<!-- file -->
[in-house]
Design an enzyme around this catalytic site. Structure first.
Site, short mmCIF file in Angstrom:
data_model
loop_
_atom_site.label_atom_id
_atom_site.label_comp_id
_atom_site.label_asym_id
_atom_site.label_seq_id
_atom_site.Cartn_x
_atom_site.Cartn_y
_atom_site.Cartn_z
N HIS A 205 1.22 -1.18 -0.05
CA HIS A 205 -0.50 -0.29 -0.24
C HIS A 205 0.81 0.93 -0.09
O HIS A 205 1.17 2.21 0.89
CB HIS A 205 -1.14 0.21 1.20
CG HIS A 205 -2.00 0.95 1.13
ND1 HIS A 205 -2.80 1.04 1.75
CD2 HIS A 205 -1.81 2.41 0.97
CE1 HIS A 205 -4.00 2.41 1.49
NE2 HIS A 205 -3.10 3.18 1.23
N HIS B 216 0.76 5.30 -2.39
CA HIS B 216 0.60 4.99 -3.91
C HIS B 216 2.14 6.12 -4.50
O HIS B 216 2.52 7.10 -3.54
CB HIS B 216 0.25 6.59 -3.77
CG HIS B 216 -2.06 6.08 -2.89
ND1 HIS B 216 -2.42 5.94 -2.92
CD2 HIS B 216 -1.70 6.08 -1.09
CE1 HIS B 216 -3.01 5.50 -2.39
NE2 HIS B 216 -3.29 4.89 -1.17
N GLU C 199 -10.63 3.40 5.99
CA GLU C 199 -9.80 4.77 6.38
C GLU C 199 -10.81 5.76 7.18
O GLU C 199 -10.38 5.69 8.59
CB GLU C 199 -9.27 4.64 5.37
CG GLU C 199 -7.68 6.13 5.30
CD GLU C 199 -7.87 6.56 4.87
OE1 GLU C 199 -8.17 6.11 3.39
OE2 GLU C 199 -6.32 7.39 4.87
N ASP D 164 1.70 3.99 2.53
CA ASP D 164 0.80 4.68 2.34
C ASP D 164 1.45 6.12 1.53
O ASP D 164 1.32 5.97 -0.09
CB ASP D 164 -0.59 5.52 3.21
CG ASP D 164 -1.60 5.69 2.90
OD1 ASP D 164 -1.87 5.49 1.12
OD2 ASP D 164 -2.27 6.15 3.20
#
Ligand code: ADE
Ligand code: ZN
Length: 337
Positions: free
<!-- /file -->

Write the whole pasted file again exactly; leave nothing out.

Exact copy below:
[in-house]
Design an enzyme around this catalytic site. Structure first.
Site, short mmCIF file in Angstrom:
data_model
loop_
_atom_site.label_atom_id
_atom_site.label_comp_id
_atom_site.label_asym_id
_atom_site.label_seq_id
_atom_site.Cartn_x
_atom_site.Cartn_y
_atom_site.Cartn_z
N HIS A 205 1.22 -1.18 -0.05
CA HIS A 205 -0.50 -0.29 -0.24
C HIS A 205 0.81 0.93 -0.09
O HIS A 205 1.17 2.21 0.89
CB HIS A 205 -1.14 0.21 1.20
CG HIS A 205 -2.00 0.95 1.13
ND1 HIS A 205 -2.80 1.04 1.75
CD2 HIS A 205 -1.81 2.41 0.97
CE1 HIS A 205 -4.00 2.41 1.49
NE2 HIS A 205 -3.10 3.18 1.23
N HIS B 216 0.76 5.30 -2.39
CA HIS B 216 0.60 4.99 -3.91
C HIS B 216 2.14 6.12 -4.50
O HIS B 216 2.52 7.10 -3.54
CB HIS B 216 0.25 6.59 -3.77
CG HIS B 216 -2.06 6.08 -2.89
ND1 HIS B 216 -2.42 5.94 -2.92
CD2 HIS B 216 -1.70 6.08 -1.09
CE1 HIS B 216 -3.01 5.50 -2.39
NE2 HIS B 216 -3.29 4.89 -1.17
N GLU C 199 -10.63 3.40 5.99
CA GLU C 199 -9.80 4.77 6.38
C GLU C 199 -10.81 5.76 7.18
O GLU C 199 -10.38 5.69 8.59
CB GLU C 199 -9.27 4.64 5.37
CG GLU C 199 -7.68 6.13 5.30
CD GLU C 199 -7.87 6.56 4.87
OE1 GLU C 199 -8.17 6.11 3.39
OE2 GLU C 199 -6.32 7.39 4.87
N ASP D 164 1.70 3.99 2.53
CA ASP D 164 0.80 4.68 2.34
C ASP D 164 1.45 6.12 1.53
O ASP D 164 1.32 5.97 -0.09
CB ASP D 164 -0.59 5.52 3.21
CG ASP D 164 -1.60 5.69 2.90
OD1 ASP D 164 -1.87 5.49 1.12
OD2 ASP D 164 -2.27 6.15 3.20
#
Ligand code: ADE
Ligand code: ZN
Length: 337
Positions: free